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Mandarins, (Latin: Citrus reticulata), the smallish oranges we in the West normally associate with winter and Christmas, originated in China over a thousand years ago. Its name comes from the rich color of its peel, which closely resembled the color of the robes worn by the Mandarins, the senior public officials, in ancient Chinese. This bright orange peel is normally quite thin which makes it very easy to remove - which subsequently makes them very easy to eat in large quantities! Mandarin oranges first made their way westward in 1805. Interestingly, it was a British tea merchant returning from Canton who brought two cultivars back with him as a gift for a botanist acquaintance. From England, the fruit was brought to Italy and by 1850 it was being widely cultivated in the southern portion of that country. Shortly thereafter, the Italian ambassador to New Orleans brought some plants with him to plant in the garden of his Consul house, and the rest, as they say, is history. Brew yourself a pot and experience how well the tangy sweetness of Mandarin oranges blends with the Sencha green tea. This tea brews a cup with subtle, sweet, citrus notes. A twist on adding fresh lemon juice to green tea. Served piping hot or chilled over ice, this is a fabulous tea.
Brewing for Best Results
Ideal Brewing Temperature: 175°F/76°C.
Brewing Method: Bring filtered or freshly drawn cold water to 175°F/ 76°C. With an infuser, use 1 slightly heaping teaspoon of loose tea per 8 oz of fluid water. Rinse the tea first by placing enough prepared water over the leaves and leave set for 10 seconds. Discard rinse water. Do not drink. Steep 1-3 minutes according to taste (the longer the steeping time the stronger the tea).
Luxury Ingredients: Sencha tea, natural mandarin flavor
iced tea instructions
Per Serving: Bring filtered or freshly drawn cold water to 180°F/ 88°C. Place 1 slightly heaping teaspoon of loose tea per 7-9 oz of fluid water. Steep 5 minutes. Add filtered hot tea to 16 oz glass filled with ice.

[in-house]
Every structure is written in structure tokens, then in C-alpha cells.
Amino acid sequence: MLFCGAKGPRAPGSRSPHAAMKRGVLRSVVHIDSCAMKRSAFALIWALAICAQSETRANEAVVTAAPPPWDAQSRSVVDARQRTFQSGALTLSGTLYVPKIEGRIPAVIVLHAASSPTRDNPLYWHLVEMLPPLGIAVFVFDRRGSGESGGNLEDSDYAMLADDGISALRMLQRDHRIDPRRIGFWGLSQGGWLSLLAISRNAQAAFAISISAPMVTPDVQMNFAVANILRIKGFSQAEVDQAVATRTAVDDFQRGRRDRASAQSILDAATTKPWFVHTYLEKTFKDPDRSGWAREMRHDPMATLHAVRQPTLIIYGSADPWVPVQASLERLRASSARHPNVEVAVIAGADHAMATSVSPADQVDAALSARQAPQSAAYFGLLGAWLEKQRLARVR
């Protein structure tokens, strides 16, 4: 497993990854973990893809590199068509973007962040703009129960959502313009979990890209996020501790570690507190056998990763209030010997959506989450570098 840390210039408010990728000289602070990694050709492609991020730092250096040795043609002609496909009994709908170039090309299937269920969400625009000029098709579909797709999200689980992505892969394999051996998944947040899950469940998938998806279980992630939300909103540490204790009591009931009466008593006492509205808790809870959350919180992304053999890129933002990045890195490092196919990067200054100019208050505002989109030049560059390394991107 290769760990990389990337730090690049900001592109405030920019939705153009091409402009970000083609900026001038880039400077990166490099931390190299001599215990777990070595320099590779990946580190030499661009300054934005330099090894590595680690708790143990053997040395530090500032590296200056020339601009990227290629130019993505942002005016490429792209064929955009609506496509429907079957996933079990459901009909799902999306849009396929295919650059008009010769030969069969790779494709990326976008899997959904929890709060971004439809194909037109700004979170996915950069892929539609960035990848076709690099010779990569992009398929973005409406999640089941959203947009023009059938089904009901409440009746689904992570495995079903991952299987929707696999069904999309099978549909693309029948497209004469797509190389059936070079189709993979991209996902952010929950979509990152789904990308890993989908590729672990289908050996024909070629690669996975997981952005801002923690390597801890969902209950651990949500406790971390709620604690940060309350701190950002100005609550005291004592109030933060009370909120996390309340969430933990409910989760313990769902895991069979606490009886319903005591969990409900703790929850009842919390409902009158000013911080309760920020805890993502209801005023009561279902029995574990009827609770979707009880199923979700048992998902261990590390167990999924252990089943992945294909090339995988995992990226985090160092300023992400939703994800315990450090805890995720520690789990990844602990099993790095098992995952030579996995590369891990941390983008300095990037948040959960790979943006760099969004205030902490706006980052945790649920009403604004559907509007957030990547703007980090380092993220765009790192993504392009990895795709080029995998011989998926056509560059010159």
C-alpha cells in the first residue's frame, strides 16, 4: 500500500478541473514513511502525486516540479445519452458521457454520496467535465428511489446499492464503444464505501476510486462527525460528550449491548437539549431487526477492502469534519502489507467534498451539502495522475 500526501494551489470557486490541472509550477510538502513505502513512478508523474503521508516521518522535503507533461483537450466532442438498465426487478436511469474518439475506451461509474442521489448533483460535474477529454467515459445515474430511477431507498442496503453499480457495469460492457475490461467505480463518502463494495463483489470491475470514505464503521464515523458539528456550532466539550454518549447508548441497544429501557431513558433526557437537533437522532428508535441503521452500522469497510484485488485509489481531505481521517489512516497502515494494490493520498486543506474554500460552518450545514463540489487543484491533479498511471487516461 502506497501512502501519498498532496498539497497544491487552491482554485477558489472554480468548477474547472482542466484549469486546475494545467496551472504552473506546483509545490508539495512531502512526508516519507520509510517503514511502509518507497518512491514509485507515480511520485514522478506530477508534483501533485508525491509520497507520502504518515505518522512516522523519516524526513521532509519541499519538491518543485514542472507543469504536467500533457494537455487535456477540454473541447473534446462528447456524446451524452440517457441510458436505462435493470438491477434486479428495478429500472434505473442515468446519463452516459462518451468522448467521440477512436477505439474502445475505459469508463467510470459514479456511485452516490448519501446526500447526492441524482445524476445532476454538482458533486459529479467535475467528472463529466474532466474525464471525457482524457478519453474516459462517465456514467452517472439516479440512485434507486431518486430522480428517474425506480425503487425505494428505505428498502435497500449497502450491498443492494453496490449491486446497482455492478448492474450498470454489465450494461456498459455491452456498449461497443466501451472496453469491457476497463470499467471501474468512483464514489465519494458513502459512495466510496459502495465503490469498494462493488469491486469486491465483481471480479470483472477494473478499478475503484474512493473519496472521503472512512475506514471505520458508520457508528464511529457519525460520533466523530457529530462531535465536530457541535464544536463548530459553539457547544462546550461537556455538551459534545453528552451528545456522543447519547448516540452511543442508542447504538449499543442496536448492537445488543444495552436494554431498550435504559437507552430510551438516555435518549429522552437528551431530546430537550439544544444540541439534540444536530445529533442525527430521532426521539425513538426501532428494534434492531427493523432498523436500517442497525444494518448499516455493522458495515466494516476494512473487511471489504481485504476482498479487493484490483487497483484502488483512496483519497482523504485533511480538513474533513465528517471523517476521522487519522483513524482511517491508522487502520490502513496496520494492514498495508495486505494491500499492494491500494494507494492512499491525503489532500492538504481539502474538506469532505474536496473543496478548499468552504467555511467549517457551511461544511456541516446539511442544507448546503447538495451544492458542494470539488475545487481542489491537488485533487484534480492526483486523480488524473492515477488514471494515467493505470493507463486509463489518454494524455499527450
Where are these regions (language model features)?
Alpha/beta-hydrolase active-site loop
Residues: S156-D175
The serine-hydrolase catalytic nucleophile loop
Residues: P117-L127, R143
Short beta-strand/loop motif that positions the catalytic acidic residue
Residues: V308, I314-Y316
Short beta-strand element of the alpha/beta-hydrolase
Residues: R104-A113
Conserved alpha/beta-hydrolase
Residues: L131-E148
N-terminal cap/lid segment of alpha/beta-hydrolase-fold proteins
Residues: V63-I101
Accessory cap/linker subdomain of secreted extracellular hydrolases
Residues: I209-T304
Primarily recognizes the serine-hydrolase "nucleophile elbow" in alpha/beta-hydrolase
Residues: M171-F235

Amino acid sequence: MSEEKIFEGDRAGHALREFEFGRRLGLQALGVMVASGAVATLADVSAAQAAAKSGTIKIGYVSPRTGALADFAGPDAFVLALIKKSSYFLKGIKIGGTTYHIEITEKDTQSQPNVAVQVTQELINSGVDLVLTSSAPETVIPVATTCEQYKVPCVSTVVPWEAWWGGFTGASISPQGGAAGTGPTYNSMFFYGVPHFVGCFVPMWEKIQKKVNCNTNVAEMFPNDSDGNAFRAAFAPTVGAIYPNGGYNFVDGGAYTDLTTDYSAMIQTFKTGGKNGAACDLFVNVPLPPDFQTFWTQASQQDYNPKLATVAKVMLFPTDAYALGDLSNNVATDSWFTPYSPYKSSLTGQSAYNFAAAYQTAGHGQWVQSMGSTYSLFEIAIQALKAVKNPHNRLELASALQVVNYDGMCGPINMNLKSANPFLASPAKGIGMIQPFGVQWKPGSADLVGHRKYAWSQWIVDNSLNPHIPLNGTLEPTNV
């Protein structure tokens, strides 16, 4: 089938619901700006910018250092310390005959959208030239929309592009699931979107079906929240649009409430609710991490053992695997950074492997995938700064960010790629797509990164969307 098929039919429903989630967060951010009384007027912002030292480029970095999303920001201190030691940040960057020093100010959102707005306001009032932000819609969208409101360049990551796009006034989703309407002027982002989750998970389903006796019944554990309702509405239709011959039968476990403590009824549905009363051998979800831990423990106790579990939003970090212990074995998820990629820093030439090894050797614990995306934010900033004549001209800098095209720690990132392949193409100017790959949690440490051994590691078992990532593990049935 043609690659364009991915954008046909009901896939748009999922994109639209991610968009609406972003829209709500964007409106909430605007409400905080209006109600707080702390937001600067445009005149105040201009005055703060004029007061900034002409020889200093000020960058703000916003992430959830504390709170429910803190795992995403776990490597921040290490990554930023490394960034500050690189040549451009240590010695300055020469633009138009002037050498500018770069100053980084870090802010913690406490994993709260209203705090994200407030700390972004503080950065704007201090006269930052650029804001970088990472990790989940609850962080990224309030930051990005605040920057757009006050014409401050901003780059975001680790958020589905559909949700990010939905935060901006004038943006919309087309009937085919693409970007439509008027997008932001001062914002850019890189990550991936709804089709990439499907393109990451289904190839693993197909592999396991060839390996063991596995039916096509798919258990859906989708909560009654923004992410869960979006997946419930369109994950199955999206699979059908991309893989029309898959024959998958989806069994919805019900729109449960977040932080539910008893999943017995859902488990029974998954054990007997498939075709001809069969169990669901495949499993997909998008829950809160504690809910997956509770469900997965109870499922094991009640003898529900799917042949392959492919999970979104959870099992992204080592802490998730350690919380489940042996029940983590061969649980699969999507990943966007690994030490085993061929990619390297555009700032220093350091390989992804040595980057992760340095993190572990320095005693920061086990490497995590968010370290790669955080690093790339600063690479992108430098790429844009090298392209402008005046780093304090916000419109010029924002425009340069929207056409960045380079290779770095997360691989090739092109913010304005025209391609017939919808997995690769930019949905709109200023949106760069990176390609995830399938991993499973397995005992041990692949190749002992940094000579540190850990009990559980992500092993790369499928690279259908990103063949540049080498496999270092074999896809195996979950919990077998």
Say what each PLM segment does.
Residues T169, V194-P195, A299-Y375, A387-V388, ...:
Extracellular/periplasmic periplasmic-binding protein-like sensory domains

Per Pitcher: Makes 1 Quart. Bring filtered or freshly drawn cold water to 180°F/ 88°C. Place 6 slightly heaping teaspoon of loose tea in a heat resistant container. Pour 1 ¼ cup of prepared water over the tea leaves. Steep 5-7 minutes. With a fine mesh sieve, filter the hot tea liquor to the serving pitcher filled with ice. Add cold filtered water to top off. (Some luxury teas will turn cloudy when poured over ice).
Making an amazing cup of tea requires several things. High quality tea, filtered or freshly drawn cold water, correct water temperature, time of infusion, and filters/infusers. Unfiltered water or too hot of water can ruin the best of teas. Always use filtered or freshly drawn cold water. Any flavor from water treatments or heavy minerals such as lime or calcium can taint the water. Brew at the ideal temperature. Too hot of water can scorch the leaves and produce a bitter brew. If you find that the tea is still bitter following the recommended brewing temperature, try lowering the brew temperature another 5 to 10 degrees. Use infusers that allow the tea leaves to fully expand and has full contact with the water. Ditch the tea bags. Know the steeping time for your tea. Too long of steeping can make your tea bitter and undesirable. Too short of time will make a weak tea. Don’t make tea in the microwave.